Try actively seeking them out. Pay close attention to the things you do well, the things you automatically gravitate towards, and the things that inspire and excite you. Ask the people around you what they think you’re naturally all about. Look for patterns.
If you’ve always been into sports, get curious about what aspect of sport you’re most fascinated by. Do you have a superhuman recall of how every match your team ever played went down? Are you an amateur sports physiology boffin? Do you love following the buying and selling of teams? What could that natural love and skill of yours turn into, I wonder?
Are you always the one people call on when they have an event to plan? Birthday parties, a stag do, a wedding – do your friends always turn to you for advice and your military-style organisational skills? That bat mitzvah you pulled off wasn’t just a favour for a friend; it was a glorious exhibition of your skills and talents. And it’s worth following up.
Or maybe you’re a doodler. Maybe you doodle all day long. Maybe your partner is constantly griping at you for sketching patterns all over the backs of important documents – maybe the phone pad has no space left to write down that message because you’ve filled it with spirals and curlicues. Sure, they’re just doodles right now. But what could they be?
Honour each skill, interest and passion as a genuine possibility.
Test-drive as many ideas as you can
I wonder how many career options have passed through your mind since you started thinking about your career change. And of those, I wonder how many you’ve truly explored.
The only way to truly overcome limiting beliefs is to prove them wrong – and you can only do that by taking action: talking to people, and getting connected with reality, rather than the negative voices in your head.
How many entrepreneurial ideas have you tossed in the bin because you’re certain they’ll cost a bomb to launch? And how much of a basis in reality does that certainty have? Talk to start-up specialists. Read $100 Start-Up. Try launching one of your ideas on as small a scale as possible. It’s time to start pulling those clues you’ve been tossing away back out of the trash.
Career Change Launch Pad participant Michelle was thrown in at the deep end when she was forced to take over running the catering at a friend’s christening. While she’d always had an interest in cooking, she believed becoming a chef would take too much time and that the business was too competitive, especially for a woman. She passed it off as a ‘nice idea’ that would never become reality. But once she’d had a taste of what running a kitchen could be like, she was hooked – and now she’s working on starting up a catering business, safe in the knowledge that she’s going to enjoy her work once she makes the move from her current job.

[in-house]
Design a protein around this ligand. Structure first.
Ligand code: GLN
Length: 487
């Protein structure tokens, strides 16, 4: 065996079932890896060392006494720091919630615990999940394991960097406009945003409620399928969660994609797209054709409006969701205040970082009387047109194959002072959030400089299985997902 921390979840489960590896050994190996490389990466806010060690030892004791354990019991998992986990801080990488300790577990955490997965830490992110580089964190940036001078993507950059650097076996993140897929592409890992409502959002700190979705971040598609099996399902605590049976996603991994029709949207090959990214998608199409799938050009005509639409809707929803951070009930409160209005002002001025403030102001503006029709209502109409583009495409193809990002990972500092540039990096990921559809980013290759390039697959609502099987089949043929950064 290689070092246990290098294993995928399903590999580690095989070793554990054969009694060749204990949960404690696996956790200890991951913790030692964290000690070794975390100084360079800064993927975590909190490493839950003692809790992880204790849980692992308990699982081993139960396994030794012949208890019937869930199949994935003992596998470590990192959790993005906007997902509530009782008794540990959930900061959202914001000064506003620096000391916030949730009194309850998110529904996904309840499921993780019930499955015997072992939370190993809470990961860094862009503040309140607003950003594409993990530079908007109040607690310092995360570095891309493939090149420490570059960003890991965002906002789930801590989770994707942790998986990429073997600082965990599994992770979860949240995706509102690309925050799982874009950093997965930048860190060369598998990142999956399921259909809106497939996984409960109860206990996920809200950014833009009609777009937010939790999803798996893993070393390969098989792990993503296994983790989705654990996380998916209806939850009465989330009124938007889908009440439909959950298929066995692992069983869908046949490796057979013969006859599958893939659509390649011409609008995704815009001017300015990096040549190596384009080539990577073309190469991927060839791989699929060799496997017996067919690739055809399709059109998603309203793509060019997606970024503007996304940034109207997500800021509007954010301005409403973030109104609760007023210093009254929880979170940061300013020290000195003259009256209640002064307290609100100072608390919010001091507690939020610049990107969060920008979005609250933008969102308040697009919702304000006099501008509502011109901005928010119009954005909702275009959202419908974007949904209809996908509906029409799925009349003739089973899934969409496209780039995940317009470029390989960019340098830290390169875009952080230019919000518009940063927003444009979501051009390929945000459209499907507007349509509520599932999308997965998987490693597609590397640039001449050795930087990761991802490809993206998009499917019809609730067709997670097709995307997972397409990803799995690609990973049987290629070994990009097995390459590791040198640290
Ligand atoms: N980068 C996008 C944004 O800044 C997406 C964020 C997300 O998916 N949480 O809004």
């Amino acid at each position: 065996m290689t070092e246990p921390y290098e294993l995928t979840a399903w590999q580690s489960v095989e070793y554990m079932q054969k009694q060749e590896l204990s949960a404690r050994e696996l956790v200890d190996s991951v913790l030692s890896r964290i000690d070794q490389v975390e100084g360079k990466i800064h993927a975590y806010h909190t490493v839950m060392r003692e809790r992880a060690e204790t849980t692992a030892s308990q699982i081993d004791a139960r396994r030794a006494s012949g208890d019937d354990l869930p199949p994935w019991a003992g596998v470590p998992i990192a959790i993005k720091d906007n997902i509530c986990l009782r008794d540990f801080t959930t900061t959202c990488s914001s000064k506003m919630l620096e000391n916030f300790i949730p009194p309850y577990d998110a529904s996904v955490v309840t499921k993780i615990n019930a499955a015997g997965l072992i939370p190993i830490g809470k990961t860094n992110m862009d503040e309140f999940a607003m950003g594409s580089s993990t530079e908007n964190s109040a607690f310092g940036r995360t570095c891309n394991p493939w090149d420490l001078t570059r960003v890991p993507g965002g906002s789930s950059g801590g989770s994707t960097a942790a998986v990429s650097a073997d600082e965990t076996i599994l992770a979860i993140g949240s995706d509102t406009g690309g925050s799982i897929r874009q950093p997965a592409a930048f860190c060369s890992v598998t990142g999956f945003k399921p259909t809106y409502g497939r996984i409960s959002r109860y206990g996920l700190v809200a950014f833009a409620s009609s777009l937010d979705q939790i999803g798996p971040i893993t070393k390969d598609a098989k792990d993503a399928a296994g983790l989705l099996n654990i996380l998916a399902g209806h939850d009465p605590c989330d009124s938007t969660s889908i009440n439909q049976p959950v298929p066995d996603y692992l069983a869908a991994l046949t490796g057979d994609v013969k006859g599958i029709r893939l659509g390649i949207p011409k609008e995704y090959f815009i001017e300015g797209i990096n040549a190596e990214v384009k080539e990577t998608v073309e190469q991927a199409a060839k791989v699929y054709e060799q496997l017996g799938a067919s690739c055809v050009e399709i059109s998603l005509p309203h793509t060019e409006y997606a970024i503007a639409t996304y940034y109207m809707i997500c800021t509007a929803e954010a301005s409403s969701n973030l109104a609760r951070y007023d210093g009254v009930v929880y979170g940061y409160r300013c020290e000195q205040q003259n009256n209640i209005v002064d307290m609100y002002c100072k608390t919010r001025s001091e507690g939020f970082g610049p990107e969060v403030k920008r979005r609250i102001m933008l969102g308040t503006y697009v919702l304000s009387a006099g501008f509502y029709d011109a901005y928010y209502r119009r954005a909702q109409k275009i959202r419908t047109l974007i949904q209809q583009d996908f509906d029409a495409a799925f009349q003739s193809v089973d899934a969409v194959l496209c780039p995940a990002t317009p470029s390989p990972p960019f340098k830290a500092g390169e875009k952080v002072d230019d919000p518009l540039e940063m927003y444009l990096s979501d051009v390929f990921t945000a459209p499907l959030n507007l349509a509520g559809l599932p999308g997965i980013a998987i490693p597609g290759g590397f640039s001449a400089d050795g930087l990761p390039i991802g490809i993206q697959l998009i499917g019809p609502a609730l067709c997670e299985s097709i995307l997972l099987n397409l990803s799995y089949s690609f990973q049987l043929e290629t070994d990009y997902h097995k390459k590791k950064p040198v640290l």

And that’s another brilliant thing about the test-drive - it also means you get to start doing your new career before you've left your current job, so you can be absolutely sure that when you do make a move, you're not just leaping blindly into another field that you might not enjoy.
So every time a potential clue pops up on your radar, follow it up somehow. Make a phone call to a friend who knows more about the field you’re thinking of. Cold-call a company in the industry. Go to a class. Teach a class. Get curious. See where it leads.
Recognise that your first clue is only the start of the journey
The great thing about a treasure hunt is that one clue always leads to another. And so it is with career change. It’s very unlikely that the first clue you explore will be the career of your dreams, but it will spark a conversation, or an idea, or a realisation that will lead you to the next clue. And then to the next. And the next.
Another Career Change Launch Pad participant, Nicky, spent an afternoon helping a friend make Christmas decorations for her business. While the experience wasn’t related to her career aspirations directly, it did get her thinking about the idea of a franchise, which moved her forward one step in her journey to a career she loves (Nicky received three job offers toward the end of the Career Change Launch Pad, and has just started work in a company she adores).
Get curious about each test-drive you take. What did you like about it? What didn’t you like? What did you learn? Did you make a new contact to follow up with? What was the next clue to follow?
Start from where you are, and then keep looking for your next clue. So long as you believe wholeheartedly in the process, you can’t help but move forward. And one day, almost without realising it, you’ll arrive at the answer you were seeking all along.
What do you think the first clue on your journey might be, and how could you explore it further?
Natasha Stanley is Head of Content for Careershifters and Head Coach for our Career Change Launch Pad. She also travels the world as a horse-trainer, freelance writer, and soon-to-be sailor and yoga teacher. Natasha is currently taking on a very small number of private coaching clients: to find out more, drop her a line to firstname.lastname@example.org.